Friendship: a question of quality.

“You are the average of the five people you spend the most time with.”  Jim Rohn

2 months ago I went back to the beginning of University which essentially made me, for the second time in my life, a Fresher.

People, places and professors were all new. I wondered around campus, trying to hide the map on my phone and look confident about where I was going. And then, faced with a myriad of new faces in my classes, I did that horrendously clichéd thing of all but saying, ‘Hi I’m ready to be your best friend.’

But after a couple of days of this frankly cringe-worthy behaviour I realised something. Things have changed since my teenage days of trying to collect friends like they were Pokémon cards. Back then it was all about quantity…nowadays I realise quality is a far better friendship barometer.

When I look at the rag-tag bunch of people who I have collected over the years, there’s not much apart from location which draws them together. From scientists to sports-mad energetic types, to endlessly travelling souls who loathe the idea of an office and a job, to those who throw on their heels everyday and rock the workplace – they’re all there.

But these people, all of whom I have somehow gained a friendship which levels above being a pal on Facebook, do seem to have a few things in common. They are all kind, interesting, positive people who make me feel like I am capable of being the best version of myself. They inspire me to aim for more, seek new adventures, push myself into doing ridiculous things and then laugh about it when something ultimately goes slightly wrong.

It sounds kind of cheesy but I think, through no actual scientific testing of my own, that happy, positive, uplifting people, make me feel exactly that: happy, positive and uplifted.

But then I discovered that it is actually science! A study at Harvard and the University of California found that people who spend time with happy people are generally happier and have a more positive outlook.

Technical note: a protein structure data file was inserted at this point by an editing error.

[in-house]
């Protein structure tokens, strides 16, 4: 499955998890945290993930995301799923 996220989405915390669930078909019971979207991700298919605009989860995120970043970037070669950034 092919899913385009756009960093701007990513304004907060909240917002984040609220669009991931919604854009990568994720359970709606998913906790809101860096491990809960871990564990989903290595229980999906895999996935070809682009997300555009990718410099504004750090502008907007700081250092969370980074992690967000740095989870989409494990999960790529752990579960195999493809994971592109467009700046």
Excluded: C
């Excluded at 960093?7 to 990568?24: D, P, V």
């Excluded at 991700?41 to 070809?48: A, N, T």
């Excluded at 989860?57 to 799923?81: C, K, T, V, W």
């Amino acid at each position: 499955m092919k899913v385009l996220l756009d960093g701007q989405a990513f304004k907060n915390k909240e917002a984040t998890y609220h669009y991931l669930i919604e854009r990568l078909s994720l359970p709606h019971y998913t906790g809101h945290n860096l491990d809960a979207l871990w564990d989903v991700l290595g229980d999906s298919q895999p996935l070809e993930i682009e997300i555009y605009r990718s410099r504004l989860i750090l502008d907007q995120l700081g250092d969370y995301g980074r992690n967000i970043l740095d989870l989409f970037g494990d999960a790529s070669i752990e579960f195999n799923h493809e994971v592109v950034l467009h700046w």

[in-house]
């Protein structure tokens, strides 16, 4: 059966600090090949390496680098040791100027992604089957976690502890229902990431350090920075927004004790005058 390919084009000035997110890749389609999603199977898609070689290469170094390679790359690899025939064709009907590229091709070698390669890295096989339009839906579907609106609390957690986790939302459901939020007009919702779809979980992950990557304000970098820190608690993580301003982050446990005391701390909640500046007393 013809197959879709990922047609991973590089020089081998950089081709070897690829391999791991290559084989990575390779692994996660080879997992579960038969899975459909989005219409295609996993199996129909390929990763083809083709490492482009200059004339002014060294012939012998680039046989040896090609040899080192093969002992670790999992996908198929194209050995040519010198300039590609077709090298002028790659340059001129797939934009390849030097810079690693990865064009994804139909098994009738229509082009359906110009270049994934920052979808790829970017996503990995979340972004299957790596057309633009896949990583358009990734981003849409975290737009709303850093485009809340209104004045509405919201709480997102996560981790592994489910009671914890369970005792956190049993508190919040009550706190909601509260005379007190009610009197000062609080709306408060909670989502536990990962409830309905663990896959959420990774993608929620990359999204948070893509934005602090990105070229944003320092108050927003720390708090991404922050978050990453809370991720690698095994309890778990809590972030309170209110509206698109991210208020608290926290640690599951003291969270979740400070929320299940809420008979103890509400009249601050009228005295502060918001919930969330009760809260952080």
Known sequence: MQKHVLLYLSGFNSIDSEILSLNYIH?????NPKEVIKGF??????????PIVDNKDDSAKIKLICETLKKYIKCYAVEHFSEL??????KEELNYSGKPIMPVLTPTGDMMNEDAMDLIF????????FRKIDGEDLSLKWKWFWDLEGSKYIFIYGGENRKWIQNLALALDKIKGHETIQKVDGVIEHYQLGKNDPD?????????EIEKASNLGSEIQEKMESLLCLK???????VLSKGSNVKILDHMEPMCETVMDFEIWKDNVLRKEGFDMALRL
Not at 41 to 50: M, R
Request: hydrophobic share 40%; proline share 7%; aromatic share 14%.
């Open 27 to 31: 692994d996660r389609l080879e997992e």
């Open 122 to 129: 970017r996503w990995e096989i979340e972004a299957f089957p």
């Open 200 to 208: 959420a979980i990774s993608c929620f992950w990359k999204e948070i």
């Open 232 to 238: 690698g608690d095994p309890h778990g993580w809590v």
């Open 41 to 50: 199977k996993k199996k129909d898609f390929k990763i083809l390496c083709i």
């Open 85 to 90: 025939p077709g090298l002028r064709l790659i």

Psychology Today even used the fancy term contagion to describe this very phenomena.

And if science says it’s a thing, who am I to argue?! From now on I will spend time exclusively with the best people life has to offer.

**PLOT SPOILER**

Life doesn’t actually work like this. But here’s a few things you can do to help yourself:

  1. Firstly things are a bit more complicated than just cherry-picking some bright and bubbly friends and then life swinging along all hunky-dory. Bad things happen and even your most wonderful friends will go through dark and difficult times. And NO…I’m definitely not saying you should just drop them like a hot coal.
  2. But I do think there is some argument in protecting yourself in these instances. Recognise that helping a friend through something really tough, might have a serious affect on your outlook and so its important to carve out some time for yourself away from the tough issues. And you will always know that a true friend is worth sticking with. Negative people are very different from a friend going through a crap time.
  3. Unfortunately, unless you are some rich princess, you can’t micro-manage the people who cross your path for the rest of your life. I’ve heard that somewhere on the horizon, after student-life eventually finishes, you have to go this place called work. I know – it sounds terrible! And in this mystical, work place you have to spend a certain amount of time with people who, let’s face it, might not be your first, second, tenth or hundredth ideal partner in crime or time.
  4. Again…now is the time to exercise some self-protection. Rise above their behaviour, realise that their mood is not affected by you. So let them seethe and froth in the corner, and you continue to do you. I can tell you from experience that once you separate your emotions from an angry person’s it can feel like a real weight has lifted.
  5. In the end, cut the people who you don’t need and don’t have to need. Sometimes we cling onto friendships because we feel like we should. Maybe you’ve known the person for years, but if you can be honest with yourself, and figure out that every interaction you have with them leaves you feeling drained, is that friendship really adding value to your life?

 

Natalie Jones

Co-Founder

Natalie helped to found Take On Life after getting injured and sick and feeling too far removed from the bikini bodies on Instagram. Her specialist subject in life is the Olympics and, even though her friends think it's a bit weird, she regularly re-watches her London 2012 DVDs!

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